From Doomed to Boom: How Major News Media Missed the Obamacare Comeback
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Just three weeks ago the Associated Press reported the Obama administration needed "something close to a miracle" in order to "meet its goal" of enrolling six million people into private health care plans via the Affordable Care Act before the looming April 1 deadline arrived.
The article's premise was telling in that it focused on what the political fallout would be if Obamacare sign-ups fell short. Noticeably absent was any analysis of what an Obamacare deadline success would look like or what the political implications would be. The scenario of success simply wasn't considered plausible or worth addressing.
Of course, we now know that as many as seven million people enrolled for private coverage through the exchanges established by Obama's health care law. Thanks to an amazing consumer surge in the month of March, the seven million mark, routinely thought of last year as completely unattainable, and often dismissed this year as not possible, was met.
And because of a provision of the Obamacare law, approximately three million young people have been added to their parents' private insurance plans. Meaning, more than 10 million people have used Obamacare to secure health coverage. The new law, noted the Los Angeles Times, "has spurred the largest expansion in health coverage in America in half a century." The paper reported, "At least 9.5 million previously uninsured people have gotten health insurance since Obamacare started."
Take a look at the revealing chart from CNNMoney.com and what the future of health care coverage under Obamacare might look like.
Given all of that, where's the heated coverage of the miraculous Obamacare comeback? Aside from the Times and CNNMoney pieces, I'm hard pressed to find many recent media examples that laud the health care achievement with the same unrestrained vigor that the press employed for weeks and months depicting Obamacare as an historic failure and one that could ruin Obama's presidency, and perhaps even the Democratic Party. (Remember, Obamacare " may be Obama's Katrina, Iraq War.")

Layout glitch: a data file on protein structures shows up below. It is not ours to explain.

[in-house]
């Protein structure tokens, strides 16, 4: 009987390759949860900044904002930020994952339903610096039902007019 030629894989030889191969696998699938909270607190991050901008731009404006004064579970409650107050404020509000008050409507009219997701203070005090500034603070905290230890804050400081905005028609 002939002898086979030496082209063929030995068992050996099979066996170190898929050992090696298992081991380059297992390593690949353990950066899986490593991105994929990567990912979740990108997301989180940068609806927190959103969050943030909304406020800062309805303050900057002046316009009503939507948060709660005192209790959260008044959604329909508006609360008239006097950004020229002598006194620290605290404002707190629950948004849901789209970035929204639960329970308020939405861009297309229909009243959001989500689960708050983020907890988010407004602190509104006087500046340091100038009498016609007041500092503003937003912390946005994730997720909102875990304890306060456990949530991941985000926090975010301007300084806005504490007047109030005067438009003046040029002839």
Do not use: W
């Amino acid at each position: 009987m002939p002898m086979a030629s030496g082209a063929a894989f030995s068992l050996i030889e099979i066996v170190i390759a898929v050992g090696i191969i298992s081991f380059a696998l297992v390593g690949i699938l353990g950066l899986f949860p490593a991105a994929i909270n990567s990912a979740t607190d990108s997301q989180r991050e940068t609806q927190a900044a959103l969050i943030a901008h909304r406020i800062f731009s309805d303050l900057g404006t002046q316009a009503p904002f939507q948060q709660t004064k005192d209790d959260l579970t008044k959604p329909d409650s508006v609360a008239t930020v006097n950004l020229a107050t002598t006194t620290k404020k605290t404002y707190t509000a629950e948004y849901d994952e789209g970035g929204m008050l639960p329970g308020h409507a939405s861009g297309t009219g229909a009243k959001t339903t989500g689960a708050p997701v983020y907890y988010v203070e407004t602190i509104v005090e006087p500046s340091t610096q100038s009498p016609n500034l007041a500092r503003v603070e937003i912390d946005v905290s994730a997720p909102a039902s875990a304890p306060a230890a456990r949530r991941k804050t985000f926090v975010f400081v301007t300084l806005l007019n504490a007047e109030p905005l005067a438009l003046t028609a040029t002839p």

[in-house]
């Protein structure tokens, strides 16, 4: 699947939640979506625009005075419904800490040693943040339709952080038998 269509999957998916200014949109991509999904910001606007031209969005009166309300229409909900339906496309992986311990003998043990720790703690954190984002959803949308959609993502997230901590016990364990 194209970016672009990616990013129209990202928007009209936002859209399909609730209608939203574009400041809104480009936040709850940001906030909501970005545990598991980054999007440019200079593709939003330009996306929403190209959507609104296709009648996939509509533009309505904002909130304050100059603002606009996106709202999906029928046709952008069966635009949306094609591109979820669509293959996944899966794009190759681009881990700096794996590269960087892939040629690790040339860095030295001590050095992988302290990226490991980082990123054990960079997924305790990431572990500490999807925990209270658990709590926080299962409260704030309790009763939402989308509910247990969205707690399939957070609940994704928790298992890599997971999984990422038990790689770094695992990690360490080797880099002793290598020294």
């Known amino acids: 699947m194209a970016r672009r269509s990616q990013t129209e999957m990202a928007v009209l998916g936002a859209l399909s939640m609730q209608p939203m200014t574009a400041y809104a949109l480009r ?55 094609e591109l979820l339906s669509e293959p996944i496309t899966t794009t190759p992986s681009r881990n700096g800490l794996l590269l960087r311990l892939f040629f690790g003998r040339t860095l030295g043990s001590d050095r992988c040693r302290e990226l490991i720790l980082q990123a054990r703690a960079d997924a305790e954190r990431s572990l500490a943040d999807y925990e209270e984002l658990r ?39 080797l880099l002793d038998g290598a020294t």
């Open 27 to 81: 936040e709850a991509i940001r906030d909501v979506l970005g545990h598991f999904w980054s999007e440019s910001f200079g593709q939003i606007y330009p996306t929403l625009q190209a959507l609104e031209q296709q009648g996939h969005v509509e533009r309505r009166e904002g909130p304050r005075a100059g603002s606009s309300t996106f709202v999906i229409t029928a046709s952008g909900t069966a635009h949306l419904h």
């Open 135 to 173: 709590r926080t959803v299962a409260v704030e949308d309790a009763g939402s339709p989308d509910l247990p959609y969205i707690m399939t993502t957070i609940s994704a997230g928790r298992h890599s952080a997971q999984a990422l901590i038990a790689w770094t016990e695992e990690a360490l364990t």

Is Obamacare now a model of government efficiency? It is not. The initial rollout, without qualification, was a failure. And lots of major hurdles still loom. But the remarkable success of the enrollment figures has clearly failed to produce the type of media response that Obamacare's remarkable failure ignited last year.
So the larger media coverage question is, has the press been wed for so long to the Republican-friendly narrative of a broken and doomed Obamacare system that journalists are refusing to adjust the storyline as crucial new facts emerge?
Some newsrooms seem to be in denial as they strain to still portray Obamacare enrollment as a failure. Today's doom-and-gloom Wall Street Journal headline: "New Technical Woes Hobble Health Sign-Ups at Zero Hour." It wasn't until the seventh paragraph that the Journal even mentioned that Obamacare had defied the odds and reached the seven million mark. The Washington Post's front page headline likewise reads "HealthCare.gov hiccups amid deadline-day frenzy."
New York Times columnist Paul Krugman noted the "de facto blackout by major news media" on the unfolding story of the skyrocketing enrollment figures. Krugman sees the press' largely ho-hum enrollment coverage as part of a larger media treatment of Obamacare: "The website woes were, and deserved to be, a big story; the quite amazing comeback somehow doesn't fit the preferred narrative, and is being ignored." (Just yesterday, CNN questioned whether the White House "spin" about Obamacare enrollment numbers would "stick.")
The sign-up success only represents part of the increasingly positive story surrounding Obamacare, its implementation and how it's perceived:
-The percentage of uninsured Americans is down to 15.9 percent, according to Gallup.
-Health care costs in the United States as a share of the Gross Domestic Product dropped for the first time since 1997.
-"The number of uninsured is expected to decrease by about 16 million after implementation of the ACA," according to a study by CUNY and Harvard Medical School researchers.